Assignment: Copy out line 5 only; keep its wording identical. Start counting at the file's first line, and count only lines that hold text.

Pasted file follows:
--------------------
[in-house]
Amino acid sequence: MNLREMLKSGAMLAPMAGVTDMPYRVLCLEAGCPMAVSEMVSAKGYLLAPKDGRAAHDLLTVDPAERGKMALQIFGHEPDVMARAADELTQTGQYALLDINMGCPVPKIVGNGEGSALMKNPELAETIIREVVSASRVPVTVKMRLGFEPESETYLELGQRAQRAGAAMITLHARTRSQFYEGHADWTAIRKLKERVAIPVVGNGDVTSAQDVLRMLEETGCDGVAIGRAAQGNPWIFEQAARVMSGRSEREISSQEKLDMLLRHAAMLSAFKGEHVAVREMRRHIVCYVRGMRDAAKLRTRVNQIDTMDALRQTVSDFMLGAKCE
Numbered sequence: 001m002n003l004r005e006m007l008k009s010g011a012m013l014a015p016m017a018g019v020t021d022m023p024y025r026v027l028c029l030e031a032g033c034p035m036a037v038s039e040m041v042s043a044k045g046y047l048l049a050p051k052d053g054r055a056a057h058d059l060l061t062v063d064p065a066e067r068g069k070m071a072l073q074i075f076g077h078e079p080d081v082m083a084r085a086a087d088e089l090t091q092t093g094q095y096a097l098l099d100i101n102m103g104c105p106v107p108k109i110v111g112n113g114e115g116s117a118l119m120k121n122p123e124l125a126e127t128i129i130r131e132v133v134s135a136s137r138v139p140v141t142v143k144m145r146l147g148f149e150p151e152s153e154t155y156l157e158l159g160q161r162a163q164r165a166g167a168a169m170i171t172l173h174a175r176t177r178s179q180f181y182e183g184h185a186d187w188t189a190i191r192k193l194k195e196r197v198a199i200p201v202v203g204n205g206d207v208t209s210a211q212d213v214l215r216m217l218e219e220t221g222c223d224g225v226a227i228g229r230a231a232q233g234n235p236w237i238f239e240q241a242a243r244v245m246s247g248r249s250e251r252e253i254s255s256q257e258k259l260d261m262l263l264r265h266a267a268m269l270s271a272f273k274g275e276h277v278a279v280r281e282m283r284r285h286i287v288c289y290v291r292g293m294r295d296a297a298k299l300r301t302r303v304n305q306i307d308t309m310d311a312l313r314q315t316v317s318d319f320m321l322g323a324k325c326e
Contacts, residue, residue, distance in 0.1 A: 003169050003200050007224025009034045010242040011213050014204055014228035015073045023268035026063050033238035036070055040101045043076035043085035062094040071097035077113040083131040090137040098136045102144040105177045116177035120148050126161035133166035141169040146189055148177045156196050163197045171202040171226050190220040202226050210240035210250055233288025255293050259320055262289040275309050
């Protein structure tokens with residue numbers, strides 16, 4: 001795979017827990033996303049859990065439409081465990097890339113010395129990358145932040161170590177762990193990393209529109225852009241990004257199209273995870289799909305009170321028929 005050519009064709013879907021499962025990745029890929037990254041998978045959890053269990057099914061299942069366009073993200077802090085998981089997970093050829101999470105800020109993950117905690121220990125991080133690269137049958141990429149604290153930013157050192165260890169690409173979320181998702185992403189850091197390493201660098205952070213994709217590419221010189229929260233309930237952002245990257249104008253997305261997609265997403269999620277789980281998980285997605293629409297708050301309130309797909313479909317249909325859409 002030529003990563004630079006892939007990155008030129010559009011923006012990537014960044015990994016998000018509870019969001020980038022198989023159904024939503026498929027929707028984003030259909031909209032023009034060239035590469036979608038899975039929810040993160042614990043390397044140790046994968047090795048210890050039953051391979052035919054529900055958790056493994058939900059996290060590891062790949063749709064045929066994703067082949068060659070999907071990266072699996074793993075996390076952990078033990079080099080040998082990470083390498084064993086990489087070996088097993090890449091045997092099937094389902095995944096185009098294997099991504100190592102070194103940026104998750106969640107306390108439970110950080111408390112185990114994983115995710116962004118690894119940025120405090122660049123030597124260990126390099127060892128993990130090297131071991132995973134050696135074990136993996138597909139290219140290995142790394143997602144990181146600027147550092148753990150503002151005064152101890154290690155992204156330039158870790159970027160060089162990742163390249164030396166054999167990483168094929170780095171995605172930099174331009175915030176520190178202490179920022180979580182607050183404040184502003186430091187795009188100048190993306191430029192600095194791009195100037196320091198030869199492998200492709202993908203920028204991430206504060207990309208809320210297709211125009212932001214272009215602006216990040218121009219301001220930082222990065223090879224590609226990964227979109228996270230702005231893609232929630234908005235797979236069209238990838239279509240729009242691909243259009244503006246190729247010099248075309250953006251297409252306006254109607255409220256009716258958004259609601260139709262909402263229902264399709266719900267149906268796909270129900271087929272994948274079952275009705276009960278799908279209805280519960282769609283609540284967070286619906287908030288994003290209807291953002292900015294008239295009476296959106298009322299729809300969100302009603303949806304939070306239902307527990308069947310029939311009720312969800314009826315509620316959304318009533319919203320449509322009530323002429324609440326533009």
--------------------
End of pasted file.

């Protein structure tokens with residue numbers, strides 16, 4: 001795979017827990033996303049859990065439409081465990097890339113010395129990358145932040161170590177762990193990393209529109225852009241990004257199209273995870289799909305009170321028929 005050519009064709013879907021499962025990745029890929037990254041998978045959890053269990057099914061299942069366009073993200077802090085998981089997970093050829101999470105800020109993950117905690121220990125991080133690269137049958141990429149604290153930013157050192165260890169690409173979320181998702185992403189850091197390493201660098205952070213994709217590419221010189229929260233309930237952002245990257249104008253997305261997609265997403269999620277789980281998980285997605293629409297708050301309130309797909313479909317249909325859409 002030529003990563004630079006892939007990155008030129010559009011923006012990537014960044015990994016998000018509870019969001020980038022198989023159904024939503026498929027929707028984003030259909031909209032023009034060239035590469036979608038899975039929810040993160042614990043390397044140790046994968047090795048210890050039953051391979052035919054529900055958790056493994058939900059996290060590891062790949063749709064045929066994703067082949068060659070999907071990266072699996074793993075996390076952990078033990079080099080040998082990470083390498084064993086990489087070996088097993090890449091045997092099937094389902095995944096185009098294997099991504100190592102070194103940026104998750106969640107306390108439970110950080111408390112185990114994983115995710116962004118690894119940025120405090122660049123030597124260990126390099127060892128993990130090297131071991132995973134050696135074990136993996138597909139290219140290995142790394143997602144990181146600027147550092148753990150503002151005064152101890154290690155992204156330039158870790159970027160060089162990742163390249164030396166054999167990483168094929170780095171995605172930099174331009175915030176520190178202490179920022180979580182607050183404040184502003186430091187795009188100048190993306191430029192600095194791009195100037196320091198030869199492998200492709202993908203920028204991430206504060207990309208809320210297709211125009212932001214272009215602006216990040218121009219301001220930082222990065223090879224590609226990964227979109228996270230702005231893609232929630234908005235797979236069209238990838239279509240729009242691909243259009244503006246190729247010099248075309250953006251297409252306006254109607255409220256009716258958004259609601260139709262909402263229902264399709266719900267149906268796909270129900271087929272994948274079952275009705276009960278799908279209805280519960282769609283609540284967070286619906287908030288994003290209807291953002292900015294008239295009476296959106298009322299729809300969100302009603303949806304939070306239902307527990308069947310029939311009720312969800314009826315509620316959304318009533319919203320449509322009530323002429324609440326533009």